James Montgomery (b. Irvine, Ayrshire, Scotland, 1771; d. Sheffield, Yorkshire, England, 1854), the son of Moravian parents who died on a West Indies mission field while he was in boarding school, Montgomery inherited a strong religious bent, a passion for missions, and an independent mind. He was editor of the Sheffield Iris (1796-1827), a newspaper that sometimes espoused radical causes. Montgomery was imprisoned briefly when he printed a song that celebrated the fall of the Bastille and again when he described a riot in Sheffield that reflected unfavorably on a military commander. He also protested against slavery, the lot of boy chimney sweeps, and lotteries. Associated with Christians of various persuasions, Montgomery supported missio… Go to person page >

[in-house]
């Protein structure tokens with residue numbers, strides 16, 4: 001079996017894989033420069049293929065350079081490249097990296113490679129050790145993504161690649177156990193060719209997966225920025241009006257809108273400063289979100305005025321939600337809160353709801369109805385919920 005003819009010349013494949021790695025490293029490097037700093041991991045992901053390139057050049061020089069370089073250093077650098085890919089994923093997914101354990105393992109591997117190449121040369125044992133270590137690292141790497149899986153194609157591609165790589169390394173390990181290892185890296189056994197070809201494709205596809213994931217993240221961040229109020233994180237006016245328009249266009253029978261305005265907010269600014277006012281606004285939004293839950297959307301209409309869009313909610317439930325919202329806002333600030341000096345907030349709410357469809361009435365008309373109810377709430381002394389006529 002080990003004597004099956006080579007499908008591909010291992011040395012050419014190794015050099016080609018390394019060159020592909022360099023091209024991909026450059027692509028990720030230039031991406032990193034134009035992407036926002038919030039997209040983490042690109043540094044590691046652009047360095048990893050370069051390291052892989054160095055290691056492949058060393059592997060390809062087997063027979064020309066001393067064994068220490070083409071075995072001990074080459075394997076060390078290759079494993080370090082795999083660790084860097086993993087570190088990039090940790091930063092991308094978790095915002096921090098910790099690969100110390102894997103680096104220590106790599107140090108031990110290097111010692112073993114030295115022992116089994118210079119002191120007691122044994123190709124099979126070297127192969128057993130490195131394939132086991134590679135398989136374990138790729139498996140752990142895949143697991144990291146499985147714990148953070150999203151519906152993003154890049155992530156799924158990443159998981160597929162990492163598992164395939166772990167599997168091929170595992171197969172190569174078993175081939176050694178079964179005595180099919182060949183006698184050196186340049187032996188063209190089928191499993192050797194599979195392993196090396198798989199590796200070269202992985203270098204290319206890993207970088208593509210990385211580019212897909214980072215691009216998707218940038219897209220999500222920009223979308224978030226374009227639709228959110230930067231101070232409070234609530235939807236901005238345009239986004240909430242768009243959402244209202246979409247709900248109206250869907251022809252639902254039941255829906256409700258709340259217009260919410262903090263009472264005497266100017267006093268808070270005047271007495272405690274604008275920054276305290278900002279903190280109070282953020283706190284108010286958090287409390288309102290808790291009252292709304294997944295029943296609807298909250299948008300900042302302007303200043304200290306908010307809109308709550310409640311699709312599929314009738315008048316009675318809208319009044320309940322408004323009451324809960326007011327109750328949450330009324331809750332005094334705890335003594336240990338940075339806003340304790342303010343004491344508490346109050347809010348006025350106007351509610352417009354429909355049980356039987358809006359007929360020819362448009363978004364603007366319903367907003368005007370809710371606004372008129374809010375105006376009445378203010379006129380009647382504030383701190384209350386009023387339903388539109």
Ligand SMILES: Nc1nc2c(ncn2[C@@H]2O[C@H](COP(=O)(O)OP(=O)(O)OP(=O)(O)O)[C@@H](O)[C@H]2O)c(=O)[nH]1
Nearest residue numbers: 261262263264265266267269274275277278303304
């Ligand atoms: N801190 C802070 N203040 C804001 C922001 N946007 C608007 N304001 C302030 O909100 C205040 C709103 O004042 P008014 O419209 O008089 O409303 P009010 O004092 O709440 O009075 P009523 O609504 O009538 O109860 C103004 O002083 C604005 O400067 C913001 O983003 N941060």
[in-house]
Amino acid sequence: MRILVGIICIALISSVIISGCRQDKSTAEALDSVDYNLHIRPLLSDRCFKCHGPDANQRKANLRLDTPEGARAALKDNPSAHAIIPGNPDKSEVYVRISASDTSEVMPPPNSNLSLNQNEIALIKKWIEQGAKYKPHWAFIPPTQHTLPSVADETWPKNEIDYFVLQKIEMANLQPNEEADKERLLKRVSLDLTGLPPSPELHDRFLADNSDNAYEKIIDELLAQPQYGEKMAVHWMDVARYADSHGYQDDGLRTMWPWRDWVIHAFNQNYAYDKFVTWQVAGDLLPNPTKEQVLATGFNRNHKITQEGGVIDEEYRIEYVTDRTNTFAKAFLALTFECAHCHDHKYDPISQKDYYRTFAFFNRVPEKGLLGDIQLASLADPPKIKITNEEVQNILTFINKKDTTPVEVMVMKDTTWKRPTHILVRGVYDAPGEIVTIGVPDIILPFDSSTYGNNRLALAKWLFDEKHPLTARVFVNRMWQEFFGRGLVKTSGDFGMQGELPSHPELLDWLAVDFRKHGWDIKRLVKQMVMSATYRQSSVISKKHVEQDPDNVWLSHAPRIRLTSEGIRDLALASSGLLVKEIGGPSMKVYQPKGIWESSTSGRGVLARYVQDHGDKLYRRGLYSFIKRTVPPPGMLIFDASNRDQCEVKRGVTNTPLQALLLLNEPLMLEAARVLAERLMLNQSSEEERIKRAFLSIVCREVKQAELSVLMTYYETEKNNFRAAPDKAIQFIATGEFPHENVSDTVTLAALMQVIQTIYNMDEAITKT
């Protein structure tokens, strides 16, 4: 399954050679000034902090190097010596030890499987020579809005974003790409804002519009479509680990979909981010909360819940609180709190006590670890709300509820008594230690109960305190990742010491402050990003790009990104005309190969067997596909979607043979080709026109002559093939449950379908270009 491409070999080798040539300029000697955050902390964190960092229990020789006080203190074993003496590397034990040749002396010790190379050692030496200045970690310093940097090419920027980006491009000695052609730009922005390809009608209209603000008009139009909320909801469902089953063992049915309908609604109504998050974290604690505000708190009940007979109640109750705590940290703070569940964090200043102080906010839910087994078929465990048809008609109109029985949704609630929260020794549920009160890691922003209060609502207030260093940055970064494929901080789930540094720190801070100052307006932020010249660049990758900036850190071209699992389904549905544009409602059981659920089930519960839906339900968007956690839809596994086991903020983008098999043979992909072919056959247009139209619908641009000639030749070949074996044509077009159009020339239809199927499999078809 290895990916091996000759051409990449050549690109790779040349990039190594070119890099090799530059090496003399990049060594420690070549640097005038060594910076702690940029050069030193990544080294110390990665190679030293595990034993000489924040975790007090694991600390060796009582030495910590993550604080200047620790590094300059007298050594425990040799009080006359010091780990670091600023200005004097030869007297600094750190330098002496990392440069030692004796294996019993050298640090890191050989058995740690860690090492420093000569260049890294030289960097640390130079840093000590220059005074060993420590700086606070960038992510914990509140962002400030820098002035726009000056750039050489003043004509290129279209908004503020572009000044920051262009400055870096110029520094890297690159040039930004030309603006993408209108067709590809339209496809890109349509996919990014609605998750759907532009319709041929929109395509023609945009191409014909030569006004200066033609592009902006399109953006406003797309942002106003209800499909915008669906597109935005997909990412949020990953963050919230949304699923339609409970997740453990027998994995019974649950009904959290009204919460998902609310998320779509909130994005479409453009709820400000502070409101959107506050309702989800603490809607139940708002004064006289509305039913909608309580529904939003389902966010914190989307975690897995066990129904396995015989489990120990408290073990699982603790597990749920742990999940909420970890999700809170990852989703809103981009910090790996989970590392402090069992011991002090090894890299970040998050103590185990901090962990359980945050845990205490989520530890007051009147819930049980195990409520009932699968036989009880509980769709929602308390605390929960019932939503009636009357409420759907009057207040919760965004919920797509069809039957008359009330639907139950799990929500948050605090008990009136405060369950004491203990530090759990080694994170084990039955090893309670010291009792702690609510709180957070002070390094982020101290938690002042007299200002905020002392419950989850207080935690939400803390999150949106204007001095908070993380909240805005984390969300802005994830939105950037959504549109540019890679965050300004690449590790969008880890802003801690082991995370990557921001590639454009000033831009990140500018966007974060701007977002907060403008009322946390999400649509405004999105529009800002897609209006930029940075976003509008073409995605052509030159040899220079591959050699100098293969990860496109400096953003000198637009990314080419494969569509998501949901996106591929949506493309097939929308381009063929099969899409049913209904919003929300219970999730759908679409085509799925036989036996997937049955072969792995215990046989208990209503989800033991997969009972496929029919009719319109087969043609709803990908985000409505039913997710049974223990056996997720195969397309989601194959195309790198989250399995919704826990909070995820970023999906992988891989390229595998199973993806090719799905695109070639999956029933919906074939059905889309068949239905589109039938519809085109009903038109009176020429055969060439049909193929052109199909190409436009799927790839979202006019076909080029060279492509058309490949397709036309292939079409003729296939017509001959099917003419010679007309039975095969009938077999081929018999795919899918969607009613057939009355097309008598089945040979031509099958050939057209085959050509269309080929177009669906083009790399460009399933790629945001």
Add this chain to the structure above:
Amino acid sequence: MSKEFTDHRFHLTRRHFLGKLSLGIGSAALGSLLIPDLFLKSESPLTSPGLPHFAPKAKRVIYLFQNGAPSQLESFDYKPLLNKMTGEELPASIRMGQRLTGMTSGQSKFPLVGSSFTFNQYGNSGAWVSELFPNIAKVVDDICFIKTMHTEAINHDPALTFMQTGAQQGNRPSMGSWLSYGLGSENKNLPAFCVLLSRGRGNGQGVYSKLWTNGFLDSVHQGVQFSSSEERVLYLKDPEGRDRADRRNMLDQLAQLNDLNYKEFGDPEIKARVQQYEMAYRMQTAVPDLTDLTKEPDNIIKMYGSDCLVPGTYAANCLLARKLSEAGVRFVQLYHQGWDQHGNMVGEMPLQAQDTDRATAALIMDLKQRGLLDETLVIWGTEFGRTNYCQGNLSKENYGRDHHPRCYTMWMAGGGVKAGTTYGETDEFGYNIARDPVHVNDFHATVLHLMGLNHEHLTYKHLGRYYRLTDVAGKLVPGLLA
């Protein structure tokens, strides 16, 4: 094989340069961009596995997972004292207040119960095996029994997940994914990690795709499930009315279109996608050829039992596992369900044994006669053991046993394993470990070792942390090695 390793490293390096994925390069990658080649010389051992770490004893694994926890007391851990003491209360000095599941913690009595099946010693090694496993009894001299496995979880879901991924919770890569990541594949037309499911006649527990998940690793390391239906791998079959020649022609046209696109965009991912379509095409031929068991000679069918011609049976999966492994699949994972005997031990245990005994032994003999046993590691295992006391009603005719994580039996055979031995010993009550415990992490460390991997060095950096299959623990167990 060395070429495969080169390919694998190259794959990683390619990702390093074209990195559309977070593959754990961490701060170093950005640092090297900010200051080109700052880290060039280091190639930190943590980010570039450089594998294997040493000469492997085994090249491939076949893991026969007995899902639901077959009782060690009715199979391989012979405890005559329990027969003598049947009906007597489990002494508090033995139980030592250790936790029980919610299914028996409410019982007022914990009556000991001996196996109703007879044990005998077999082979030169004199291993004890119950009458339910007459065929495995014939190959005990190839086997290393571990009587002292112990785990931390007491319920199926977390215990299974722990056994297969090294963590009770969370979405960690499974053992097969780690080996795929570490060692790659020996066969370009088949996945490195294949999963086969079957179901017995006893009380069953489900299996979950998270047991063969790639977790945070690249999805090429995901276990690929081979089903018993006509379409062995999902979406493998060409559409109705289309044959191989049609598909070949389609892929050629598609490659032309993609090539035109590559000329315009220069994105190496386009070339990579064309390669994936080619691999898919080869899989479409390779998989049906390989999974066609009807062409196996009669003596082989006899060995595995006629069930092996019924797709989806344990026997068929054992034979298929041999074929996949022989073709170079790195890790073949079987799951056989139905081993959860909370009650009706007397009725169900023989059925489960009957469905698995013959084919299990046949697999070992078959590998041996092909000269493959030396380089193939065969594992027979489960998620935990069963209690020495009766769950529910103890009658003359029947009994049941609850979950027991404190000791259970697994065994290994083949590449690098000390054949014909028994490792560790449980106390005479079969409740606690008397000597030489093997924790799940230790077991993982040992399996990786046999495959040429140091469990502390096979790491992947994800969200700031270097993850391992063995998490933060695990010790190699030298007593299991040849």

Humbly, my God, with Thee I walk. J. Montgomery. [The walk of Faith.] Written "at Dinsdale Hotel, Sept. 14, 1835," and sent in manuscript to several persons from time to time (Montgomery manuscript). It was given in his Original Hymns, 1853, in 6 stanzas of 4 lines, as No. 167, and is in common use through a few collections.